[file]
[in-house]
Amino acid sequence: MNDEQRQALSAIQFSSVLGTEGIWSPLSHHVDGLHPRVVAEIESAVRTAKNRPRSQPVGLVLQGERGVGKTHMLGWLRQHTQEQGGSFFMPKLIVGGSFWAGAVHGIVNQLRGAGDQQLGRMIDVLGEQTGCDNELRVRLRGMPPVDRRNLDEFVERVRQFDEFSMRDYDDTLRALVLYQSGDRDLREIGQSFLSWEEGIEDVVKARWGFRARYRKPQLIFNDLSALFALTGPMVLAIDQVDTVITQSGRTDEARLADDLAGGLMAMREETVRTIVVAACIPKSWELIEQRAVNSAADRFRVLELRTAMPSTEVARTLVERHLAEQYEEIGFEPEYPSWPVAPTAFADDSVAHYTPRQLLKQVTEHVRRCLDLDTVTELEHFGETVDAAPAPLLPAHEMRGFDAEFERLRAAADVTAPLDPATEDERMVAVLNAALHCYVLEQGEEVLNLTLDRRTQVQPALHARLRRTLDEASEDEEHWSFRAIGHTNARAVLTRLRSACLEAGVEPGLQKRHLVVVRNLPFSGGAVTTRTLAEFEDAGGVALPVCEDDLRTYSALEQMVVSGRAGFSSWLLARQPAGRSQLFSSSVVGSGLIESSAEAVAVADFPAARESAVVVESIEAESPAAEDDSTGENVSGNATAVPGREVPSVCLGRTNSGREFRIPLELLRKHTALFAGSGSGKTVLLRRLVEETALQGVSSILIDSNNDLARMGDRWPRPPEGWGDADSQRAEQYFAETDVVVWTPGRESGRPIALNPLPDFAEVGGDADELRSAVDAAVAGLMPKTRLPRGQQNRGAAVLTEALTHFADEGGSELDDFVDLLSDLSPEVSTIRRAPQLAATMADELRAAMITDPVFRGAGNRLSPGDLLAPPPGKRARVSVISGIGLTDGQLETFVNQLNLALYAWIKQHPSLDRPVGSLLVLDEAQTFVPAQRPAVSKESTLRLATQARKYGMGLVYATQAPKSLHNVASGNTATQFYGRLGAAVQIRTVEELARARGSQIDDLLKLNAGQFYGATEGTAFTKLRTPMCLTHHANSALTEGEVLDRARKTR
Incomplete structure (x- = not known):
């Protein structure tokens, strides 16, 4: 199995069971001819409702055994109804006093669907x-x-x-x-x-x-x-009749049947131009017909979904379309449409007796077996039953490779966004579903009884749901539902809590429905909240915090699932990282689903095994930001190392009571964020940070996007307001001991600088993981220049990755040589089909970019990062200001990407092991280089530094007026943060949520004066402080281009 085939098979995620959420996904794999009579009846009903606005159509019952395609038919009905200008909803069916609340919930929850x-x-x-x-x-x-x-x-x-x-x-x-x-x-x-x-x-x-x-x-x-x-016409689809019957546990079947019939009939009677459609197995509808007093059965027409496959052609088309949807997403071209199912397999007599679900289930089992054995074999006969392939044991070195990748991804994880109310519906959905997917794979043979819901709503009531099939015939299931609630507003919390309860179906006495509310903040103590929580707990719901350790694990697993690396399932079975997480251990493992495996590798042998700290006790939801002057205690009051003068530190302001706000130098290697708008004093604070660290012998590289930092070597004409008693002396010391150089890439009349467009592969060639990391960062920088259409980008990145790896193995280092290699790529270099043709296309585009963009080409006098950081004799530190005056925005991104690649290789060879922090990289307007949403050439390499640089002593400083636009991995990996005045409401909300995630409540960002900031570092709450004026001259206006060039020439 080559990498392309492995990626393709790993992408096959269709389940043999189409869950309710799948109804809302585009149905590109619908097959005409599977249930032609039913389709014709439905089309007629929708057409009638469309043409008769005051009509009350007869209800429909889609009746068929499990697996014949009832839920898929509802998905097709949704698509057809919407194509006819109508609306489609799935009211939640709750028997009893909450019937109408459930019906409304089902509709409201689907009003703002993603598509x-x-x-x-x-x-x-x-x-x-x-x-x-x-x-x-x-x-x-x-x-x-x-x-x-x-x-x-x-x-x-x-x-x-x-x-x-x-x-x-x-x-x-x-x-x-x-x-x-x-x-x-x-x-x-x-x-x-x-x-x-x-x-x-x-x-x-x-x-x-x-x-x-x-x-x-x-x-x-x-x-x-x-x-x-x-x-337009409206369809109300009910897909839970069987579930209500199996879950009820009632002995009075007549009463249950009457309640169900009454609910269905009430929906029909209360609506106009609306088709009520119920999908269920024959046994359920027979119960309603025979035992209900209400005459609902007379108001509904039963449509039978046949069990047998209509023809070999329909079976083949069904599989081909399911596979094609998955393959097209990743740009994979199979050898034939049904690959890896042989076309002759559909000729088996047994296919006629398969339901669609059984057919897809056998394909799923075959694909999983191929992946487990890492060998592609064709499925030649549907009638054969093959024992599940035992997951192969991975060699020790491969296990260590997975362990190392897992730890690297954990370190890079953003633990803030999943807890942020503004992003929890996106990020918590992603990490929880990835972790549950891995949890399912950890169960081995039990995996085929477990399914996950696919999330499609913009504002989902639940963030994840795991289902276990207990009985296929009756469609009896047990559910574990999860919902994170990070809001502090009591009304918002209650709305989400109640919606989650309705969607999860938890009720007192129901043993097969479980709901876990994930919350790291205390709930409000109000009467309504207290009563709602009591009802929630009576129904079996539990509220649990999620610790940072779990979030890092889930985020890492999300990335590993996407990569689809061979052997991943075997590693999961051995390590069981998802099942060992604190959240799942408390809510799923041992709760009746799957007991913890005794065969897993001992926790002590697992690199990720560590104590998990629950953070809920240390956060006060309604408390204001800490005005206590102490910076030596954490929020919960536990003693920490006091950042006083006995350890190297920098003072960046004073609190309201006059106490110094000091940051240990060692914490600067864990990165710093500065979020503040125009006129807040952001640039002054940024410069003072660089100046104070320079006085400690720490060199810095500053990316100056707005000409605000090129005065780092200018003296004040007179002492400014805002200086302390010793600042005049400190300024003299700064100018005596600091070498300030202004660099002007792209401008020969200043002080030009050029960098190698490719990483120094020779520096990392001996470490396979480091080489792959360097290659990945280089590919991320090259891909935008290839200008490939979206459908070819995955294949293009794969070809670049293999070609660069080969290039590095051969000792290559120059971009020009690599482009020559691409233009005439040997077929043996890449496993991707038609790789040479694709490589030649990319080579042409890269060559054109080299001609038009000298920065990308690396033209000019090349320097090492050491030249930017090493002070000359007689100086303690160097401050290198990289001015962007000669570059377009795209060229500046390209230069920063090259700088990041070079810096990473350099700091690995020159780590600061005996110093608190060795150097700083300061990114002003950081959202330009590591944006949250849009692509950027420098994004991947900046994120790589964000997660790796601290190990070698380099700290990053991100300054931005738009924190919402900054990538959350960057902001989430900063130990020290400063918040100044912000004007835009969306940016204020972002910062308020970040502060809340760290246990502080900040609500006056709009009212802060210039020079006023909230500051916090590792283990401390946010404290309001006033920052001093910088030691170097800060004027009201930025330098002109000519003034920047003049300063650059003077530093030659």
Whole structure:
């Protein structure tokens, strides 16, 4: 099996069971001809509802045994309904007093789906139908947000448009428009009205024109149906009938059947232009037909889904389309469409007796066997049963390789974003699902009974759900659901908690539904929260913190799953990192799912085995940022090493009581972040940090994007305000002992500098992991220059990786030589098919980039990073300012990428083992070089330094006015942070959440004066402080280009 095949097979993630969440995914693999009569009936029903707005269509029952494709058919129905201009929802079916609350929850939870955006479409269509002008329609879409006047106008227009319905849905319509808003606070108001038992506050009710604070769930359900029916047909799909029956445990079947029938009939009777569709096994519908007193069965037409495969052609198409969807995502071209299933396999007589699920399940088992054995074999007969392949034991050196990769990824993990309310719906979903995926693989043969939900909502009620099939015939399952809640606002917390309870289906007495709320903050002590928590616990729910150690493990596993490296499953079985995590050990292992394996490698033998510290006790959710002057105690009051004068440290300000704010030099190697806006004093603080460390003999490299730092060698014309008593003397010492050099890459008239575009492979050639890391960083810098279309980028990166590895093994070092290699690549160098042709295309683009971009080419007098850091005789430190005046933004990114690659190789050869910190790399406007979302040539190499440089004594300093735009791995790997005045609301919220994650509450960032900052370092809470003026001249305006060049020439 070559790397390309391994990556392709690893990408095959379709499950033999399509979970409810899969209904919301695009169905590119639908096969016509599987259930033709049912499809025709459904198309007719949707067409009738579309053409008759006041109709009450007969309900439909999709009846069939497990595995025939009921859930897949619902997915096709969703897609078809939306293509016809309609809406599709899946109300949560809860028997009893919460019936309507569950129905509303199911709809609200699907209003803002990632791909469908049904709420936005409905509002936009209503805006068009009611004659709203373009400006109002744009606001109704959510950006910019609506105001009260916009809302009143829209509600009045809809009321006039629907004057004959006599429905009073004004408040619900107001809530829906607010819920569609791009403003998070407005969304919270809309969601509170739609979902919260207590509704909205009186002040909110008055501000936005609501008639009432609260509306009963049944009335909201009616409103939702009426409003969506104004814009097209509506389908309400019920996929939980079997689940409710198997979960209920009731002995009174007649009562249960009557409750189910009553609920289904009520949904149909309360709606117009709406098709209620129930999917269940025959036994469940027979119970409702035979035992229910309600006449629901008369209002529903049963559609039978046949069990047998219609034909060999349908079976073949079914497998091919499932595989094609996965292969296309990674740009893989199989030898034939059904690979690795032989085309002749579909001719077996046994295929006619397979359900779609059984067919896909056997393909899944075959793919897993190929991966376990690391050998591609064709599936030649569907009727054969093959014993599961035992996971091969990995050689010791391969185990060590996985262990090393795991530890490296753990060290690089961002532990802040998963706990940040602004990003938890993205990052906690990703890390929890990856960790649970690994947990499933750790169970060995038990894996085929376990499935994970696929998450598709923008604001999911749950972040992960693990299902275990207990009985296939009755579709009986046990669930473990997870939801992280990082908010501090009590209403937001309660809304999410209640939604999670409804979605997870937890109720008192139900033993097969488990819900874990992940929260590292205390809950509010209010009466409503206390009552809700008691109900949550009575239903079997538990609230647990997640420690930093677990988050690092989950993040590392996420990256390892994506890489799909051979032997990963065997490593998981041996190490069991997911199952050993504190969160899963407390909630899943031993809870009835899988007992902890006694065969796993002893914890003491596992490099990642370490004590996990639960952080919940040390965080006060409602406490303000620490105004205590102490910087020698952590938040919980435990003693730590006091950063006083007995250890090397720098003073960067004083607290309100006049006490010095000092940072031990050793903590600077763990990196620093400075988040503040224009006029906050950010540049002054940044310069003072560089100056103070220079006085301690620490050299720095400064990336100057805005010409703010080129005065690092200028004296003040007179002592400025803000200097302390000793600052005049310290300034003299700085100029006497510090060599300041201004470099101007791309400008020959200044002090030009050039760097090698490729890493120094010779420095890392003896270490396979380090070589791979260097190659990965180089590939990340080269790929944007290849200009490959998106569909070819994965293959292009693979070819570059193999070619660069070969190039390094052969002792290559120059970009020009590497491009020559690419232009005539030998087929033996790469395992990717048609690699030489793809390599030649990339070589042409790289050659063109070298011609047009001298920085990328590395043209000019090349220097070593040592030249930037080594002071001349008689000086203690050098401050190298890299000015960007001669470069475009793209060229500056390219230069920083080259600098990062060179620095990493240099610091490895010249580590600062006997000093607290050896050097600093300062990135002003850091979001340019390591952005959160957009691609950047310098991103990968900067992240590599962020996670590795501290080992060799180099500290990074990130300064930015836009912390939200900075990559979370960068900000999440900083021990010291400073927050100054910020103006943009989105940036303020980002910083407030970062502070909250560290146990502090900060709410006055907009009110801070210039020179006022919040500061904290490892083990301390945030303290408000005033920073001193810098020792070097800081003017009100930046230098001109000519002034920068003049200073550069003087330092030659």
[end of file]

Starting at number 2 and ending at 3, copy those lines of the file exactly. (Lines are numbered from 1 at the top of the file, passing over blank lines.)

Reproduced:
Amino acid sequence: MNDEQRQALSAIQFSSVLGTEGIWSPLSHHVDGLHPRVVAEIESAVRTAKNRPRSQPVGLVLQGERGVGKTHMLGWLRQHTQEQGGSFFMPKLIVGGSFWAGAVHGIVNQLRGAGDQQLGRMIDVLGEQTGCDNELRVRLRGMPPVDRRNLDEFVERVRQFDEFSMRDYDDTLRALVLYQSGDRDLREIGQSFLSWEEGIEDVVKARWGFRARYRKPQLIFNDLSALFALTGPMVLAIDQVDTVITQSGRTDEARLADDLAGGLMAMREETVRTIVVAACIPKSWELIEQRAVNSAADRFRVLELRTAMPSTEVARTLVERHLAEQYEEIGFEPEYPSWPVAPTAFADDSVAHYTPRQLLKQVTEHVRRCLDLDTVTELEHFGETVDAAPAPLLPAHEMRGFDAEFERLRAAADVTAPLDPATEDERMVAVLNAALHCYVLEQGEEVLNLTLDRRTQVQPALHARLRRTLDEASEDEEHWSFRAIGHTNARAVLTRLRSACLEAGVEPGLQKRHLVVVRNLPFSGGAVTTRTLAEFEDAGGVALPVCEDDLRTYSALEQMVVSGRAGFSSWLLARQPAGRSQLFSSSVVGSGLIESSAEAVAVADFPAARESAVVVESIEAESPAAEDDSTGENVSGNATAVPGREVPSVCLGRTNSGREFRIPLELLRKHTALFAGSGSGKTVLLRRLVEETALQGVSSILIDSNNDLARMGDRWPRPPEGWGDADSQRAEQYFAETDVVVWTPGRESGRPIALNPLPDFAEVGGDADELRSAVDAAVAGLMPKTRLPRGQQNRGAAVLTEALTHFADEGGSELDDFVDLLSDLSPEVSTIRRAPQLAATMADELRAAMITDPVFRGAGNRLSPGDLLAPPPGKRARVSVISGIGLTDGQLETFVNQLNLALYAWIKQHPSLDRPVGSLLVLDEAQTFVPAQRPAVSKESTLRLATQARKYGMGLVYATQAPKSLHNVASGNTATQFYGRLGAAVQIRTVEELARARGSQIDDLLKLNAGQFYGATEGTAFTKLRTPMCLTHHANSALTEGEVLDRARKTR
Incomplete structure (x- = not known):